Multithreaded qsort(3)

Diomidis Spinellis dds at aueb.gr
Thu Mar 15 12:12:13 UTC 2007


Greetings,

I've added multhread support to our qsort implementation.  You can see 
the code at <http://people.freebsd.org/~dds/qsort_mt.c> and some 
performance figures at the end of this email.  I propose to add it to 
our libc.  I need your opinions on the interface, and also any comments 
you may have on the code.  I see the following design dimensions:

1. Naming and availability
--------------------------
- Option 1.1: Replace qsort with this implementation
* Pros: Programs gain performance without any source code change; 
abstraction (number of processors/cores should be invisible, just as the 
CPU architecture or disk drive interface)
* Cons: May confuse multithreaded programs; programs require linking 
with pthreads library; programs whose compare function is not thread 
safe will break

- Option 1.2: Name it qsort_mt
* Pros: POLA; programs can tune the call according to their need
* Cons: Programs require source code changes; we violate abstraction; 
namespace polution

My proposal: option 1.2: name it qsort_mt and make it available in a 
separate library (libc_mt).


2. Interface
------------
- Option 2.1: qsort compatible
* Pros: Drop in replacement; doesn't need programmer understanding; 
compatible with option 1.1
* Cons: Can't be tuned for a specific program or workload

- Option 2.2: Add nthreads parameter, specifying the maximum number of 
threads
* Pros: Multithreaded programs can tune load balancing; all programs can 
optimise nthreads according to the workload characteristics.
* Cons: Libc routines are generaly expected to Do he Right Thing, 
without handholding; must agree on mechanism for determining the number 
of threads; the benefits of tuning are unlikely to be dramatic.

- Option 2.3: Add forkelem, specifying minimum number of elements for a 
new thread (below forkelem, I use single-threaded qsort).
* Pros: programs can optimise nthreads according to the workload 
characteristics.
* Cons: Libc routines are generaly expected to Do he Right Thing, 
without handholding; the benefits of tuning are unlikely to be dramatic.

- Option 2.4: Have the library tune itsself for a given system or 
individual programs by measuring different values
* Pros: higher performance when the tuned values are reused
* Cons: Lack of prior art; performance drop when determining tuning 
values; security considerations if values are cached; complexity

(Options 2.2 and 2.3 are orthogonal; options 2.1 and 2.4 are orthogonal)

My proposal: go for 2.1, based on the way C library routines work.

3. Determining the number of threads
------------------------------------
- Option 3.1: NPROCS environment variable
* Pros: prior art: CrayOS, BSD/OS; users can tune it.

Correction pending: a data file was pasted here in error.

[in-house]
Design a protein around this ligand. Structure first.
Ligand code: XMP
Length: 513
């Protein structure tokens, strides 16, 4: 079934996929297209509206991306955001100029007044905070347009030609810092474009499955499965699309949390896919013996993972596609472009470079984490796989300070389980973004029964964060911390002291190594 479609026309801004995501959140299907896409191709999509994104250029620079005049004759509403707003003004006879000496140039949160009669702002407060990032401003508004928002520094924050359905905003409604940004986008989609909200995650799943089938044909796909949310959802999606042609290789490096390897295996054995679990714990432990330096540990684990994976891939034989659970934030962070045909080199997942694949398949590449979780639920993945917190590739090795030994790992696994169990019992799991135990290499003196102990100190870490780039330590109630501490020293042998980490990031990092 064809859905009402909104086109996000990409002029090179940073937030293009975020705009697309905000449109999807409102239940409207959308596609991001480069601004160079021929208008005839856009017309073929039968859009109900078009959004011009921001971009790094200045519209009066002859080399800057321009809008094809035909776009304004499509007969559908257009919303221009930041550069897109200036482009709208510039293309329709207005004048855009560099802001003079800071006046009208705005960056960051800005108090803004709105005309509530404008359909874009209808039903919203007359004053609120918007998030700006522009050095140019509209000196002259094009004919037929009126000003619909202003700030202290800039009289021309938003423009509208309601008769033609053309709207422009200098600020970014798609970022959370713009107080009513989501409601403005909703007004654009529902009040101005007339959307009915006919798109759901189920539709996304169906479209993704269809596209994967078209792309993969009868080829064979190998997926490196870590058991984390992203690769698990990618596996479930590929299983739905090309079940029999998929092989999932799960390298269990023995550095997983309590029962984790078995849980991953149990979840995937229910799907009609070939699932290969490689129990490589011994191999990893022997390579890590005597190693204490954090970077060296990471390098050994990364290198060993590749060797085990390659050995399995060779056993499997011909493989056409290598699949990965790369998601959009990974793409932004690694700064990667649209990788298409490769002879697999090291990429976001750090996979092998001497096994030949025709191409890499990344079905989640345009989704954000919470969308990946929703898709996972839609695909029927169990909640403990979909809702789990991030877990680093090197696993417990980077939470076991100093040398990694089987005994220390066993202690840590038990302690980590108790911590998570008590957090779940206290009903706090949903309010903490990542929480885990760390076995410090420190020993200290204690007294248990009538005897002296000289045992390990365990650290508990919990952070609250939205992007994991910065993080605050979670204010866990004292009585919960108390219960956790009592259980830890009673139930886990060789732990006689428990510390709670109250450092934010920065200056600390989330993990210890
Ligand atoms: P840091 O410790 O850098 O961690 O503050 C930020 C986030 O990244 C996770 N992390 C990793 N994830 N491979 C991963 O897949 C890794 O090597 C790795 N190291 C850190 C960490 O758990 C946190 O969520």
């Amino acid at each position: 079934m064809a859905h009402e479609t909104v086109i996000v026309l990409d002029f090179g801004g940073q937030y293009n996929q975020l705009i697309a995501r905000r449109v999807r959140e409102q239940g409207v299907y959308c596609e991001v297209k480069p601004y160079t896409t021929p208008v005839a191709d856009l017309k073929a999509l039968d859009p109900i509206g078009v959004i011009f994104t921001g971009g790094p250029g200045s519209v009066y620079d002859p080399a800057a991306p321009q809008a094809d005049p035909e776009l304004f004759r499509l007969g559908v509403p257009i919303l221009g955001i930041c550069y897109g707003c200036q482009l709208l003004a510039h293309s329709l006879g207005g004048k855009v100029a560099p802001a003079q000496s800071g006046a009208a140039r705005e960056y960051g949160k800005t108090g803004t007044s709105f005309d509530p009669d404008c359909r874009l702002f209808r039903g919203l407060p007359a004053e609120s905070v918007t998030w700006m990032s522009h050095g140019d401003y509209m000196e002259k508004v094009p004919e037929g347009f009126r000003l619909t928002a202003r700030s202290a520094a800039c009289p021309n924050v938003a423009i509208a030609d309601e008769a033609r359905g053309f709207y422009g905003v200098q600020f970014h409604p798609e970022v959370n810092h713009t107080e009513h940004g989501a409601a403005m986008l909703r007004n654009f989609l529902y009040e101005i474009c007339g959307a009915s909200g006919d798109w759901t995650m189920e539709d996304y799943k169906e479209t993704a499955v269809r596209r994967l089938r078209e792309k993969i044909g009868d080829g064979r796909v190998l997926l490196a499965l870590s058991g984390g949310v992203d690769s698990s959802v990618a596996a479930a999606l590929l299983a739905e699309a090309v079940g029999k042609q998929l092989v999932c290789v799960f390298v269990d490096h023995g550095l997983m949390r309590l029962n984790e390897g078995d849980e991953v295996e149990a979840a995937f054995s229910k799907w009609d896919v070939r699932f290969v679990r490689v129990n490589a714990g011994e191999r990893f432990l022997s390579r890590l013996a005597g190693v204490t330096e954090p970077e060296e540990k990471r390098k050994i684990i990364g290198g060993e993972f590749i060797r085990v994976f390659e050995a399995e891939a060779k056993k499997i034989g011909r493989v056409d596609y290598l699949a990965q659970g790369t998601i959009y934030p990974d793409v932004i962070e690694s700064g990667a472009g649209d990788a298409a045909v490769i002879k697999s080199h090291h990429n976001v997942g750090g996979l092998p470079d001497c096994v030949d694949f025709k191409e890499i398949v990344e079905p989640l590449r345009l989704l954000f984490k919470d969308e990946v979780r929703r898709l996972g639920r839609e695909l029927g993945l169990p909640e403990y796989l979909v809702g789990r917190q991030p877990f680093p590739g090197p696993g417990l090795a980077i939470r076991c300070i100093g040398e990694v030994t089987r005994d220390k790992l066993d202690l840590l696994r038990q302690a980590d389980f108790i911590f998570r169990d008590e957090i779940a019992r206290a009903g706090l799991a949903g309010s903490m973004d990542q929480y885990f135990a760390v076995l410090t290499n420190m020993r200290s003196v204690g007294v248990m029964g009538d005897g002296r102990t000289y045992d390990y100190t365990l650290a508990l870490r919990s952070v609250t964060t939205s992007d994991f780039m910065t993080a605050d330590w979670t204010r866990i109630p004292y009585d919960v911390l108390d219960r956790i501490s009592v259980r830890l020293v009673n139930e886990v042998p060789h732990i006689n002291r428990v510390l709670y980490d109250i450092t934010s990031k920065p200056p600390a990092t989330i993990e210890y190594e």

* Cons: May be too blunt; requires setting by user or administrator

- Option 3.[234]: hw.ncpu or kern.smp.cpus sysctl, or pmc_ncpu()
* Pros: automatic, right for the underlying hardware
* Cons: even blunter

- Option 3.5: Add library interface for the above as int nthreads_mt()
* Pros: we abstract policy; programs can replace it; reusability; 
extensibility.
* Cons: namespace polution; it is not clear that a single number is 
correct for all uses of a program.

(All the above options are orthogonal)

My proposal: Add library interface using NPROCS and falling back to a 
sysctl variable.  This interface can be extended in the future.

Performance figures
-------------------
Reported times are elapsed, user, and system seconds.

$ uname -a
FreeBSD sledge.freebsd.org 7.0-CURRENT FreeBSD 7.0-CURRENT #924: Wed Mar 
14 14:25:07 UTC 2007 
root at sledge.freebsd.org:/h/src/sys/amd64/compile/SLEDGE  amd64

$ qsort_mt -?
qsort_mt: option requires an argument -- h
usage: qsort_mt [-stv] [-f forkelements] [-h threads] [-n elements]
         -l      Run the libc version of qsort
         -s      Test with 20-byte strings, instead of integers
         -t      Print timing results
         -v      Verify the integer results
Defaults are 1e7 elements, 2 threads, 100 fork elements


$ gcc -DTEST -O qsort_mt.c -o qsort_mt -lthr -lpmc

$ qsort_mt -t -h 2 -n 100000000 -l	# Integers; qsort(3)
46.5 46.2 0.314
$ ./qsort_mt  -t -h 2 -n 100000000	# Integers; qsort_mt
27.5 46.3 0.301
$ qsort_mt -t -h 2 -n 10000000 -s -l	# Strings; qsort(3)
41.3 40.1 1.2
$ ./qsort_mt  -t -h 2 -n 10000000 -s	# Strings; qsort_mt
26.7 40.1 1.16

$ gcc -DTEST -O qsort_mt.c -o qsort_mt -lpthread -lpmc
$ qsort_mt -t -h 2 -n 100000000		# Integers; qsort_mt
28 47.1 0.368
$ qsort_mt -t -h 2 -n 10000000 -s	# Strings; qsort_mt
27.1 40.6 1.06


Thanks,

Diomidis - dds@
http://www.spinellis.gr


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